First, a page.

Children’s Trust has begun an initiative to offer the Positive Parenting Program, more commonly known as Triple P, to child-serving organizations in South Carolina. Through regional meetings that aim to reach current practitioners and seek out new ones, Children’s Trust and Triple P America have teamed up to guide discussions on potential implementation supports, networking with other Triple P practitioners, and opportunities for future collaboration. Neil White, who tells the stories of Children’s Trust, covered several of these sessions.
Peggy Ford understands just how difficult parenting can be. Even the best parents can struggle on a given day, and for others, the task of guiding young children through life can be overwhelming.
That’s why Ford, the executive director of Children’s Place in Aiken, looks for the best programs to improve the lives of children and their parents. She knows lives aren’t changed in earthquake moments as much as they are formed in the smaller moments of daily life.
That’s also why she and her staff showed up at a Children’s Trust informational meeting recently to learn more about the evidence-based Positive Parenting Program, more commonly known as Triple P.
“For most parents, the difference between really being effective and having egg on your face is so subtle,” Ford said. “When you’re trying to figure out how subtle the difference is between being very effective and missing the mark, you need to have some idea where that is. I really love the idea of helping parents being able to assess parenting and what they’re doing with their families. That’s something Triple P does.”
Backed by more than 30 years of ongoing research since its origination in Australia, Triple P is currently used in 25 countries and 38 U.S. states to give parents practical strategies to assist them in managing their children’s behavior.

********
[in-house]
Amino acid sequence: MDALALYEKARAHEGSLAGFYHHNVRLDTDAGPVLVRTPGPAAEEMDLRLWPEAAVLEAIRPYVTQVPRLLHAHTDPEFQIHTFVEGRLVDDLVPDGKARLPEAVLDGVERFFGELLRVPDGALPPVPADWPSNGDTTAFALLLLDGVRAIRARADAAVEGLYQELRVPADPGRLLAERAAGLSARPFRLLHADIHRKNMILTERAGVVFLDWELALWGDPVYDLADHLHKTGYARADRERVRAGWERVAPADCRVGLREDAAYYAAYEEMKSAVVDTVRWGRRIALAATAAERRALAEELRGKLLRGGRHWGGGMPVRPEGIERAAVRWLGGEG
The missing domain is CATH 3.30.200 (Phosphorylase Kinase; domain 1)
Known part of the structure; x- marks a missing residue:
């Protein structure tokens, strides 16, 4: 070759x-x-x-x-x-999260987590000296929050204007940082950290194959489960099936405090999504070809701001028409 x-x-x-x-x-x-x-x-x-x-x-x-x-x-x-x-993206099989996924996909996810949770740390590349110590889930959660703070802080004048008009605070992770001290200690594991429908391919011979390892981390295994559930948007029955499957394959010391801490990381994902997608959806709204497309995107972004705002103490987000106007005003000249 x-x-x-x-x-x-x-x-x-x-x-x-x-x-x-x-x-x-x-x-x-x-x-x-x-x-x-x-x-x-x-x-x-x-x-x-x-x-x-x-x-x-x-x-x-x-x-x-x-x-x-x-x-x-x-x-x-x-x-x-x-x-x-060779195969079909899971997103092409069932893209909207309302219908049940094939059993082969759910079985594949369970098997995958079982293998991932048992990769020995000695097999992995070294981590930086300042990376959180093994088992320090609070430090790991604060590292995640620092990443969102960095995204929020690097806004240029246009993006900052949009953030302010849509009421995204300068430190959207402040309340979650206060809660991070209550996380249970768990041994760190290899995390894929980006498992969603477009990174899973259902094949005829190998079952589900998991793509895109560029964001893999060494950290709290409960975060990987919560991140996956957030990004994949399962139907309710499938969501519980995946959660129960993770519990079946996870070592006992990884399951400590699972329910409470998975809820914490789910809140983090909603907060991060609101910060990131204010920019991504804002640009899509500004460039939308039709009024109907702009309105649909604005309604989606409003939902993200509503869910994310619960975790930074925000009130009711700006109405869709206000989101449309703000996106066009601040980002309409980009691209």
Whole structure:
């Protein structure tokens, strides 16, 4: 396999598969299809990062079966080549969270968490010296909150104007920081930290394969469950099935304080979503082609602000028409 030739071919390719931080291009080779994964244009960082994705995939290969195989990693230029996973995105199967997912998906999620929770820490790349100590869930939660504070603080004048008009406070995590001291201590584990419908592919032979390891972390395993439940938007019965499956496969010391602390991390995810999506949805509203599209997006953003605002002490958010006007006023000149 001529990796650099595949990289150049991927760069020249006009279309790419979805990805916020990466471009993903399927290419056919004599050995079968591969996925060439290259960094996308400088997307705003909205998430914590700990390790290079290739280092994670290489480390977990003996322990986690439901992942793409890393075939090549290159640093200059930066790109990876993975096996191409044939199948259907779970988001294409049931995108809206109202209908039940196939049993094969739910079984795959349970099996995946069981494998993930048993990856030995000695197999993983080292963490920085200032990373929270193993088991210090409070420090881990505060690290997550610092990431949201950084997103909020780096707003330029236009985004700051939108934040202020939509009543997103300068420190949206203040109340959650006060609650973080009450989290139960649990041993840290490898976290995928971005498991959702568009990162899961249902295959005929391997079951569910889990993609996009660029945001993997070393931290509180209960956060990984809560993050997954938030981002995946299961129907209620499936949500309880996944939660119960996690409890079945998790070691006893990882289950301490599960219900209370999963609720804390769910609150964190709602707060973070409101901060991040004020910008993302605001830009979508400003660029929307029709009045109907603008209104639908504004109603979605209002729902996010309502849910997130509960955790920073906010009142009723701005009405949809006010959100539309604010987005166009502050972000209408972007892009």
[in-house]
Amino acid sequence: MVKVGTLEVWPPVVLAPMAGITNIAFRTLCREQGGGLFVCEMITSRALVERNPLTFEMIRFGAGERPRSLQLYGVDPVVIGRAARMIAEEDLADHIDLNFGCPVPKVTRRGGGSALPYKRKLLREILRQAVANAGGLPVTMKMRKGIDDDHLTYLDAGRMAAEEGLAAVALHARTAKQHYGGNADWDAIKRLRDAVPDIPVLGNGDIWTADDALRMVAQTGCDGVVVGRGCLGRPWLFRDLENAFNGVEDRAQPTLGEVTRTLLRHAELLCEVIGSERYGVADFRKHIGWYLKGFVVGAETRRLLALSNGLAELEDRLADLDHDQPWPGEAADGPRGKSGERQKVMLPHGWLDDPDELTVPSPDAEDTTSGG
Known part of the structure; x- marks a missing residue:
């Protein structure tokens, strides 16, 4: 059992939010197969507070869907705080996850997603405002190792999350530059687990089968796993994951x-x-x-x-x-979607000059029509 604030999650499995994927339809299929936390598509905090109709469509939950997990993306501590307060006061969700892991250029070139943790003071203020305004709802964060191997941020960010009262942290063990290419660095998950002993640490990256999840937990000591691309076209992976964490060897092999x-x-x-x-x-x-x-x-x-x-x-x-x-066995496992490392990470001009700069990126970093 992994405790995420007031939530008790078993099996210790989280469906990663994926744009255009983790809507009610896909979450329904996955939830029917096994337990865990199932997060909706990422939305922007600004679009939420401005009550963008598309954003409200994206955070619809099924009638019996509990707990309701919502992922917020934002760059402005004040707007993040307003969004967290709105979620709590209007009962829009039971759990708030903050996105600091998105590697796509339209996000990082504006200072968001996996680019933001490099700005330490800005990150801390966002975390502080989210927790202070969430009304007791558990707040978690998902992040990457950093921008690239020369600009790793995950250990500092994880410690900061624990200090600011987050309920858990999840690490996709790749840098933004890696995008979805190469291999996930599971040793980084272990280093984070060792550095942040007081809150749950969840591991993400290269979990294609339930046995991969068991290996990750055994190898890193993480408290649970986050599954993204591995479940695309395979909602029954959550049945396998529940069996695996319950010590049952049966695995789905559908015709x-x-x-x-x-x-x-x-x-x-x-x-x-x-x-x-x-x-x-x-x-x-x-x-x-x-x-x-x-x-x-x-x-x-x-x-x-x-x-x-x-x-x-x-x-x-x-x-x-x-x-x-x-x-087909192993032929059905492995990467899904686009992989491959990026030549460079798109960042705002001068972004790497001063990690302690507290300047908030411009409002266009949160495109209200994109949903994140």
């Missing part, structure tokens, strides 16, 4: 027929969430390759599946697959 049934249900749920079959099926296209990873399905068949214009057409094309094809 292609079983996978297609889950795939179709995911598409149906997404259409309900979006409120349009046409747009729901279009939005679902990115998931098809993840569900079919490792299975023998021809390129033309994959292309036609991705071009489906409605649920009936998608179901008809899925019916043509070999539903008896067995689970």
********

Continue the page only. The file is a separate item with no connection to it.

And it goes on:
Children’s Trust has added it to an array of programs because of its proven effectiveness. Abby Wilson, the Triple P coordinator for Children’s Trust, is overseeing the initiative across the state in conjunction with Triple P America, which, coincidentally, is located in Columbia.
“Through regional meetings and strategic planning sessions, Children’s Trust has been focused on identifying partners around the state that have been delivering Triple P or interested in implementing the model in their community,” Wilson said.
“The partnership between Children’s Trust and Triple P America has been instrumental in moving these efforts forward to better support not only the families in our state, but the providers of services as well. By bringing partners together around this collective goal, we hope to increase the options available for parents and families.”
Wilson is working with Triple P America implementation consultants Courtney Towne and Sara van Driel to spread the word to local agencies interested in the program. They have held meetings in Columbia and Greenville, and a strategic session in Spartanburg for Upstate partners was held in conjunction with the Mary Black Foundation.
“We are laying groundwork that’s really important for South Carolina and for Triple P,” Towne said. “The partnership between Children’s Trust and our national office has been a really great one with a shared vision of wanting to equip providers to do good work with families and make a difference in the lives of children.”
Triple P’s support system is designed to help parents address behavioral and emotional issues in children and teenagers that can lead to problems in the family, school and community.
As a way of creating environments that encourage children to realize their potential, Triple P offers five different levels to organizations depending on the needs of parents, who can receive assistance that can include single-visit consultations, public seminars and group courses, and private sessions.
The levels are designed to offer something for every parent. The program had a trial run in South Carolina 10 years ago in selected counties, and while some practitioners have continued to deliver the program, it had no broader framework across the state.